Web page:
In Facebook's first pay vote, tough love from an old friend
Some of Mark Zuckerberg's mutual fund backers delivered a tough message on compensation for the leaders of Facebook.
Fidelity Investments, led by its $98 billion Contrafund, was among those voting against the pay of the social media company's top leaders in a nonbinding contest at its annual meeting in June, its first since going public.
Securities filings show other funds voting against the pay included Legg Mason Capital Management Value Trust and Franklin Resources' Franklin Growth Fund.
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While the funds' exact objection was not spelled out, one reason could be perks. Facebook Chief Executive Zuckerberg was paid $1.99 million in 2012, according to its proxy filing, much less than other executives, like Chief Operating Officer Sheryl Sandberg, who received $26.2 million.
Yet ISS, the influential proxy adviser to institutional shareholders, recommended votes "against" the compensation. It questioned practices such as stock awards and the $1.2 million spent on Zuckerberg's personal use of aircraft in 2012.
Although shareholders backed Facebook's executive pay by a wide margin, the ballots cast by Fidelity—Facebook's largest outside shareholder and a longtime investor—show how dynamics have changed for Facebook now that it is a publicly traded firm, said Edward Hauder, a senior adviser at Exequity, a Chicago-based executive compensation consulting firm.
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Mutual fund managers, like Contrafund's William Danoff, may remain fans of the social media darling as an investment. But fund votes are generally controlled by separate departments that bring a cold policy analysis to proxy voting.
"It's just business," said Hauder.
A Facebook spokesman declined to comment.
The votes at Facebook are just one sample from a trove of material filed by asset managers this month.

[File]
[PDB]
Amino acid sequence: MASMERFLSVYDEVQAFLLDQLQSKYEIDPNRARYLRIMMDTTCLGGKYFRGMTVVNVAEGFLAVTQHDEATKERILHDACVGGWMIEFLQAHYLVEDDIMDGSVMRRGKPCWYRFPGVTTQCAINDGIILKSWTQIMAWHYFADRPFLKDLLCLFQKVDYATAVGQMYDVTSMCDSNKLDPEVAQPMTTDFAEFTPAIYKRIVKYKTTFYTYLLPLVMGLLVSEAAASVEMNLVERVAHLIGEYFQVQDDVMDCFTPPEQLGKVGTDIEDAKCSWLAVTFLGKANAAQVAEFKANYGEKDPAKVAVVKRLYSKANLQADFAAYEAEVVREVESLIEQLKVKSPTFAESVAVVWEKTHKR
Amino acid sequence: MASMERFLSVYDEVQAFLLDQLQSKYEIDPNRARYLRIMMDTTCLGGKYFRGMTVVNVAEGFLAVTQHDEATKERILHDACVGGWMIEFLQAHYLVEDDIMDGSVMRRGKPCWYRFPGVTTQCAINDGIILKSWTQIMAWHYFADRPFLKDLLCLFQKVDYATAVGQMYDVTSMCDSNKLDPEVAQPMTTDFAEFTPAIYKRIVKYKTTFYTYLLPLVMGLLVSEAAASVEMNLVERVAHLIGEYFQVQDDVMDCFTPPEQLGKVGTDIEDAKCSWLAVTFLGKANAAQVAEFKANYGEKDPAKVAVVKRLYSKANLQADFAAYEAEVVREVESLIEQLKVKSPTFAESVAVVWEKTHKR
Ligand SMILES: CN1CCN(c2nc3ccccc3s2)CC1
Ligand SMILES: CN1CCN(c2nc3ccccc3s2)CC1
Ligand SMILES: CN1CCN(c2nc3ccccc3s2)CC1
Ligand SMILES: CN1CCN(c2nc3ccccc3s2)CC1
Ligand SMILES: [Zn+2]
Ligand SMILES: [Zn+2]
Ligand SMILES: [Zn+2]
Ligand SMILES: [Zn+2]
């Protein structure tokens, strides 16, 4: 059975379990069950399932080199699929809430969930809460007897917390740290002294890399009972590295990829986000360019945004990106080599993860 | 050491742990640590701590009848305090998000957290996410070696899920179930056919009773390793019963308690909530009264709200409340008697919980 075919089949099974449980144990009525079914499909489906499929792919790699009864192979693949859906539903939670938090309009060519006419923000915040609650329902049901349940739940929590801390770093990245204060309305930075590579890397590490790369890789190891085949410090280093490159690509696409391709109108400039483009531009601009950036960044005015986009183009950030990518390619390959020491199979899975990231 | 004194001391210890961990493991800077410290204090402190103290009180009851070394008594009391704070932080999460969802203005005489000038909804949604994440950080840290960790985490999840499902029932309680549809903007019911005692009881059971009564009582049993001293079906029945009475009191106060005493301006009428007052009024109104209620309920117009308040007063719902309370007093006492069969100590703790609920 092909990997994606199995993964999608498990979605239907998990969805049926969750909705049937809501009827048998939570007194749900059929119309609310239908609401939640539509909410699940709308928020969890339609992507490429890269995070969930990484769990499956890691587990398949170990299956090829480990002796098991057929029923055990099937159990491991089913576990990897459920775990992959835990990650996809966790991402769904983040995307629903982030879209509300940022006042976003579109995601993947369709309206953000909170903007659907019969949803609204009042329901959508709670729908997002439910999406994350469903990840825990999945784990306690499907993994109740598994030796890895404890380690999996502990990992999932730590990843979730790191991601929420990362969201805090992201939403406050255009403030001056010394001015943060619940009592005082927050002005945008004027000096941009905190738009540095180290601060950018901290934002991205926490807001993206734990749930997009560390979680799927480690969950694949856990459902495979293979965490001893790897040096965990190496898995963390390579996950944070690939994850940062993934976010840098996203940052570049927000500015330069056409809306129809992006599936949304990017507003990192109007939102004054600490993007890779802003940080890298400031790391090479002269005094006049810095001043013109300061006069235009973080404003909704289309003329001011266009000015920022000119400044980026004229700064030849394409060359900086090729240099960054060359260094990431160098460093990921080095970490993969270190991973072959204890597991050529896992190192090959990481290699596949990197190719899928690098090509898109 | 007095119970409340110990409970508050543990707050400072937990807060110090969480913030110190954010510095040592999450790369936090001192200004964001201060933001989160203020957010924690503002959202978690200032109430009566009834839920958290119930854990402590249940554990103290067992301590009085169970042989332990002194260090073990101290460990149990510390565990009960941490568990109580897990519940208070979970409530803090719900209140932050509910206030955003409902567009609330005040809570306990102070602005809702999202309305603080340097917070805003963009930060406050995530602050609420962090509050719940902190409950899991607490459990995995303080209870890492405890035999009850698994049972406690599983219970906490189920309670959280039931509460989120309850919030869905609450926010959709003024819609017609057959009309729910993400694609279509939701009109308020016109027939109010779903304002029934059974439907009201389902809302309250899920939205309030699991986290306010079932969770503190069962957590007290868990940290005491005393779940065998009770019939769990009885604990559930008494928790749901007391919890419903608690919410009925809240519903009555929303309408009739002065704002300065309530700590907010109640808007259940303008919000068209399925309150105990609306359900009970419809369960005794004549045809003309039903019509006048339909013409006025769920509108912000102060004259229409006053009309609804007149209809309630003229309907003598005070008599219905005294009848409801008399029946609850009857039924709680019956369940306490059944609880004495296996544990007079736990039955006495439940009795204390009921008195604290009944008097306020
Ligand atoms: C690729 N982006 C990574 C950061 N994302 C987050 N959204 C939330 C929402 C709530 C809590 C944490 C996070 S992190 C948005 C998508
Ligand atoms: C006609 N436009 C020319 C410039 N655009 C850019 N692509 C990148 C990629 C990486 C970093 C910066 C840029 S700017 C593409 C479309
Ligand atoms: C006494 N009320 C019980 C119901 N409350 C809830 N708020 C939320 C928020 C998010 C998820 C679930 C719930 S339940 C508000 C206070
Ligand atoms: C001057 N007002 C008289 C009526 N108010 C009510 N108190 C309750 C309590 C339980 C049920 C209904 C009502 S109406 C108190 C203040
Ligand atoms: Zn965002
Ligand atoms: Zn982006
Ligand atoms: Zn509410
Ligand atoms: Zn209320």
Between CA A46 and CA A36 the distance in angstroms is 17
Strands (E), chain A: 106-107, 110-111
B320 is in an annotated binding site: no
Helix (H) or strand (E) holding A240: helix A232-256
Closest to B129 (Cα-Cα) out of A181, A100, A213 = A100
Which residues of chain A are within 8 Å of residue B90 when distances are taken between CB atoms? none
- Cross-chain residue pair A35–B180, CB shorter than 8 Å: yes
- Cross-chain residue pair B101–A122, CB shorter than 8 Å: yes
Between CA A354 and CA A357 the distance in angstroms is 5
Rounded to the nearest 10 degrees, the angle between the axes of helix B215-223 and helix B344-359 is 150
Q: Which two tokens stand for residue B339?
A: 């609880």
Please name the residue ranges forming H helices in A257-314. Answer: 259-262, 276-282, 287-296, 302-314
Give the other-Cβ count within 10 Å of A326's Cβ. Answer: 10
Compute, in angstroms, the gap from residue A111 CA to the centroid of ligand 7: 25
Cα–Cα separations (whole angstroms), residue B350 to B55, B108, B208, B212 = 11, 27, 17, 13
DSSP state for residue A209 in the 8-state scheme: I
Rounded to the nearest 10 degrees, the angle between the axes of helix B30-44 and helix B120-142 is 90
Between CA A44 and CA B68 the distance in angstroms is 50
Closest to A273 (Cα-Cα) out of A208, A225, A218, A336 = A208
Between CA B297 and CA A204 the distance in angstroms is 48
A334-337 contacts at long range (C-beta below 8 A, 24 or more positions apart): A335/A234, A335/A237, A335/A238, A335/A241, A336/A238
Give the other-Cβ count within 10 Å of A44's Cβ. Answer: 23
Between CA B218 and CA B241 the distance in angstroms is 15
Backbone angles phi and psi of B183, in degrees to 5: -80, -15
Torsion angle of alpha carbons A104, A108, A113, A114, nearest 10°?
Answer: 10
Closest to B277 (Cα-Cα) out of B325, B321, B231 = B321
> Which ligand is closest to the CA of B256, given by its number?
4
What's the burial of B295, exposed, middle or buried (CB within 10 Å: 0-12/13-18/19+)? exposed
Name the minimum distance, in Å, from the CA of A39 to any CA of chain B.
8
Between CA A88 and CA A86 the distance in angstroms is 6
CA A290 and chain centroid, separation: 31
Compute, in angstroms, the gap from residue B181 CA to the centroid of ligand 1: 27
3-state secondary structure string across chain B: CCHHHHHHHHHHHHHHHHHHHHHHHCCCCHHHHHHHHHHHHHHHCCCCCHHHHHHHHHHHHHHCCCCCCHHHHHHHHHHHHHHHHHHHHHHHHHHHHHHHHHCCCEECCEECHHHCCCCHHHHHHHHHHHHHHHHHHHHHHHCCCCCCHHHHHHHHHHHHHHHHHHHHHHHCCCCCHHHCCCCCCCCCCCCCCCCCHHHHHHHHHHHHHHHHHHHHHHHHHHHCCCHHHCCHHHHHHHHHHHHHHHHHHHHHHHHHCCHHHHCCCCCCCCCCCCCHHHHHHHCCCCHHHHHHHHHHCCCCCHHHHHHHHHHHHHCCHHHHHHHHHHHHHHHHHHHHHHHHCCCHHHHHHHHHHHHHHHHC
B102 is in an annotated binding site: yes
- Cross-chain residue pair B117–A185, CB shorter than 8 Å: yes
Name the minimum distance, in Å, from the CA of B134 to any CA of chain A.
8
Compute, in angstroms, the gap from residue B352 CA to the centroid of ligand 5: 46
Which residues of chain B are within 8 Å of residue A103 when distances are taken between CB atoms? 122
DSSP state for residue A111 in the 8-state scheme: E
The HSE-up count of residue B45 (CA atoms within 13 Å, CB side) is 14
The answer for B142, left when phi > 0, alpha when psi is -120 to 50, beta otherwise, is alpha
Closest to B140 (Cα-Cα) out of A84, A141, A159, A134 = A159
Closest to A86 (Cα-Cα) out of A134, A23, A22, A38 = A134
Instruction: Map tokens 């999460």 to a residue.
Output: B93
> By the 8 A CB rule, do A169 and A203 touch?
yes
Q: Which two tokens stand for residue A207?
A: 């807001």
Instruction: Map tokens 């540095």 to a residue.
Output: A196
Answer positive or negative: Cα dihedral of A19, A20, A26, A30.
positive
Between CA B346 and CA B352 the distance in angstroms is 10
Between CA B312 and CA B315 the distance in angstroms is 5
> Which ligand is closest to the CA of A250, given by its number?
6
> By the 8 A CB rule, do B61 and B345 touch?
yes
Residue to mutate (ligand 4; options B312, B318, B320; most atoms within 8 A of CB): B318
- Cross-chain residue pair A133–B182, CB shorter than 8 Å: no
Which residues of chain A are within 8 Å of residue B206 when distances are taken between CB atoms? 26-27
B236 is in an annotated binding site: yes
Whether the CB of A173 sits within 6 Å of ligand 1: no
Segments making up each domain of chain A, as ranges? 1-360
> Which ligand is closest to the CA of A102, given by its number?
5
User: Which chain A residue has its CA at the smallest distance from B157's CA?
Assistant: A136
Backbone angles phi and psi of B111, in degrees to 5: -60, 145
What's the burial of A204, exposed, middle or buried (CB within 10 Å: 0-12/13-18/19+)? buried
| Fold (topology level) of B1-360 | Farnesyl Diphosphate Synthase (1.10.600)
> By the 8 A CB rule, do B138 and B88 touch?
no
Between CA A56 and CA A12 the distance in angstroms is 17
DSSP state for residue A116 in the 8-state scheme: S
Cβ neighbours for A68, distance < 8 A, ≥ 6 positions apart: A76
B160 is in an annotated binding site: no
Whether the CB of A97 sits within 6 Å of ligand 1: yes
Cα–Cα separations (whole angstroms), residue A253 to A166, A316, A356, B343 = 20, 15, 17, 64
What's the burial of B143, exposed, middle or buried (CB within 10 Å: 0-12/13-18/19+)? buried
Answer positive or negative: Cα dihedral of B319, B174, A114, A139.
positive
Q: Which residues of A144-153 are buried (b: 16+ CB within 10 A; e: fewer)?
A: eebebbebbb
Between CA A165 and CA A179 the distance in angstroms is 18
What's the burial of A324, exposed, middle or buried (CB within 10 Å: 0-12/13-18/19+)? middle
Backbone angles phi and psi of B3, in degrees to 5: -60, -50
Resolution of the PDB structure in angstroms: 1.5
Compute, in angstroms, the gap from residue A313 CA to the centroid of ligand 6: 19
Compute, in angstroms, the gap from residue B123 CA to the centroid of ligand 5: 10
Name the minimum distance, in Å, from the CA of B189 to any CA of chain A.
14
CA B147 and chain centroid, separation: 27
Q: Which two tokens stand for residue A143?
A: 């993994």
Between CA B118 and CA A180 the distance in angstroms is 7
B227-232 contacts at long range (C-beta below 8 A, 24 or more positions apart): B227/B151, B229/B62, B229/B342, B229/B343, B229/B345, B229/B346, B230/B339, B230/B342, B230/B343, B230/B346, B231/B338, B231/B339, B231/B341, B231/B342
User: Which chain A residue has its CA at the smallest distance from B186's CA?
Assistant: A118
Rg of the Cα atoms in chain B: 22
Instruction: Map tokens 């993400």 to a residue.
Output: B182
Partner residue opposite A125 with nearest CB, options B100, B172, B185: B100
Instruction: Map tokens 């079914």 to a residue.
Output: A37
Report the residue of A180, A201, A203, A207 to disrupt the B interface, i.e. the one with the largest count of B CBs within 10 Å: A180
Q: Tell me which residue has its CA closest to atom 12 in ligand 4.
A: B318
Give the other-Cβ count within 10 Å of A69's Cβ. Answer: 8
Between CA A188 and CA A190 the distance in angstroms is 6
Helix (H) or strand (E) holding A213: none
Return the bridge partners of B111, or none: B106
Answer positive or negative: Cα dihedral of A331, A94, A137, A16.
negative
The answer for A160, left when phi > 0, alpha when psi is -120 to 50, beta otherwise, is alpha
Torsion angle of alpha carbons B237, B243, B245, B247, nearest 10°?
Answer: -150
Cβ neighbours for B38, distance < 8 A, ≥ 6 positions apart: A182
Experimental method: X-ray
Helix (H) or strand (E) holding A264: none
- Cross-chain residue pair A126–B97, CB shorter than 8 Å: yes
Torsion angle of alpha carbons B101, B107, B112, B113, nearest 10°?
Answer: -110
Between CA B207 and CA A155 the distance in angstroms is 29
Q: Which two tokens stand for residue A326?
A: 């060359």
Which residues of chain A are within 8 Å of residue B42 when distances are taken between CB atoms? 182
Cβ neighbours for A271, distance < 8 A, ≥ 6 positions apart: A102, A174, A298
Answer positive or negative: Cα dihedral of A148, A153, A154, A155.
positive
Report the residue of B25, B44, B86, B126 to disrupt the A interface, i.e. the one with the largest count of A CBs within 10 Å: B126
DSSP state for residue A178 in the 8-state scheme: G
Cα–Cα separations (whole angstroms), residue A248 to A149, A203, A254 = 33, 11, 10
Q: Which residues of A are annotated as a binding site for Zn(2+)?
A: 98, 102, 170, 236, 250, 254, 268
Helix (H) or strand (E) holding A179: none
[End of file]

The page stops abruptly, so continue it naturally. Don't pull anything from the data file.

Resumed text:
Although big mutual fund firms dominate shareholder lists across the S&P 500, fund executives rarely discuss how they voted in particular proxy contests—making their annual filings a rare look under the hood.
At the same time, corporate shareholder meetings have heated up due both to shareholder discontent after the financial crisis and activist investors and labor groups conducting more aggressive campaigns. For instance, activists had urged a measure to require an independent chairman at JPMorgan Chase, which was not approved.
Filings for Fidelity's Contrafund and another well-known vehicle, Magellan, showed they voted against that measure, which would have split the roles of current chair and chief executive Jamie Dimon.
Activists also campaigned against the chairman of Occidental Petroleum, Ray Irani, who did not win a majority of votes and stepped down from its board. BlackRock Inc.'s representative, Global Allocation Fund, voted against Irani and against the shareholder resolution at JPMorgan, but it also opposed three JPMorgan directors.
Fidelity spokesman Vincent Loporchio said the company would not comment on particular votes and said its funds vote according to company policy. As posted on the firm's website, the policy holds that Fidelity funds will "generally vote for proposals to ratify executive compensation unless such compensation appears misaligned with shareholder interests or otherwise problematic," taking into account factors such as whether a company has an independent compensation committee.
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At its June 11 meeting, Facebook shareholders voted in favor of its compensation by 5.7 billion votes to 404 million votes.
Federal rules require large corporations to hold the non-binding "Say on Pay" votes, whose frequency is determined by shareholders. Facebook had recommended the votes be held once every three years.
As with the vote on pay itself, Facebook's position prevailed, with 5.6 billion votes in favor of voting once every three years, 14.9 million votes in favor of having the votes held once every two years, and 533.8 million votes in favor of an annual vote.
The Fidelity funds favored holding the vote annually.